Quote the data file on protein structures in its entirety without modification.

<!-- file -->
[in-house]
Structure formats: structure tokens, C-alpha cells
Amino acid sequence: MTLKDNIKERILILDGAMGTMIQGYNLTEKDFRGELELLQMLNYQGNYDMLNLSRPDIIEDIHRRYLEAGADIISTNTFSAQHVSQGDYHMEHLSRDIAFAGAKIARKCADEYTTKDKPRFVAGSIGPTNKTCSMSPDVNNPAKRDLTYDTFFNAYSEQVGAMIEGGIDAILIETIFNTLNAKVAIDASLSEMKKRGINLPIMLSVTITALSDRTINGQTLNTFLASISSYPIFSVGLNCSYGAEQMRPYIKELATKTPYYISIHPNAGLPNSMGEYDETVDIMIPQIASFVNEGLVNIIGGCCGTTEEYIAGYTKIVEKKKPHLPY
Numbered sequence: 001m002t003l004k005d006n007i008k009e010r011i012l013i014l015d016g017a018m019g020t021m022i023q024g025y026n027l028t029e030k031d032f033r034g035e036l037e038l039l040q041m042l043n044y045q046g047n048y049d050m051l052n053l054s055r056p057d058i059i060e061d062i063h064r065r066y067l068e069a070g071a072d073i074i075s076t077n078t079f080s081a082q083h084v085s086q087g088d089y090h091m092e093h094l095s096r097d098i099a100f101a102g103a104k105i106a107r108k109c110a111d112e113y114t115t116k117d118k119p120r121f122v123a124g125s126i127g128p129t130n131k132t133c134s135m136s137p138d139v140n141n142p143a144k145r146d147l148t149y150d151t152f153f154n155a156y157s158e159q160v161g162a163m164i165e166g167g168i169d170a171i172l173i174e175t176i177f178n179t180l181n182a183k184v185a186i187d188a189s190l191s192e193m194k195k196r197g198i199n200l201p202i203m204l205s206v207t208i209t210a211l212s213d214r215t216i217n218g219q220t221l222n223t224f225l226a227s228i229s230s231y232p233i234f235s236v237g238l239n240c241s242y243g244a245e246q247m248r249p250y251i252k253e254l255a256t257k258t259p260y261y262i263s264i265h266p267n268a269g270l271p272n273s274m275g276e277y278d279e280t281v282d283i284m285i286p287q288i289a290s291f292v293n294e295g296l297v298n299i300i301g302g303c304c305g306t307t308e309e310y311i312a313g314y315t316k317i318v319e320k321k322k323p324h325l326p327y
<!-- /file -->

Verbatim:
[in-house]
Structure formats: structure tokens, C-alpha cells
Amino acid sequence: MTLKDNIKERILILDGAMGTMIQGYNLTEKDFRGELELLQMLNYQGNYDMLNLSRPDIIEDIHRRYLEAGADIISTNTFSAQHVSQGDYHMEHLSRDIAFAGAKIARKCADEYTTKDKPRFVAGSIGPTNKTCSMSPDVNNPAKRDLTYDTFFNAYSEQVGAMIEGGIDAILIETIFNTLNAKVAIDASLSEMKKRGINLPIMLSVTITALSDRTINGQTLNTFLASISSYPIFSVGLNCSYGAEQMRPYIKELATKTPYYISIHPNAGLPNSMGEYDETVDIMIPQIASFVNEGLVNIIGGCCGTTEEYIAGYTKIVEKKKPHLPY
Numbered sequence: 001m002t003l004k005d006n007i008k009e010r011i012l013i014l015d016g017a018m019g020t021m022i023q024g025y026n027l028t029e030k031d032f033r034g035e036l037e038l039l040q041m042l043n044y045q046g047n048y049d050m051l052n053l054s055r056p057d058i059i060e061d062i063h064r065r066y067l068e069a070g071a072d073i074i075s076t077n078t079f080s081a082q083h084v085s086q087g088d089y090h091m092e093h094l095s096r097d098i099a100f101a102g103a104k105i106a107r108k109c110a111d112e113y114t115t116k117d118k119p120r121f122v123a124g125s126i127g128p129t130n131k132t133c134s135m136s137p138d139v140n141n142p143a144k145r146d147l148t149y150d151t152f153f154n155a156y157s158e159q160v161g162a163m164i165e166g167g168i169d170a171i172l173i174e175t176i177f178n179t180l181n182a183k184v185a186i187d188a189s190l191s192e193m194k195k196r197g198i199n200l201p202i203m204l205s206v207t208i209t210a211l212s213d214r215t216i217n218g219q220t221l222n223t224f225l226a227s228i229s230s231y232p233i234f235s236v237g238l239n240c241s242y243g244a245e246q247m248r249p250y251i252k253e254l255a256t257k258t259p260y261y262i263s264i265h266p267n268a269g270l271p272n273s274m275g276e277y278d279e280t281v282d283i284m285i286p287q288i289a290s291f292v293n294e295g296l297v298n299i300i301g302g303c304c305g306t307t308e309e310y311i312a313g314y315t316k317i318v319e320k321k322k323p324h325l326p327y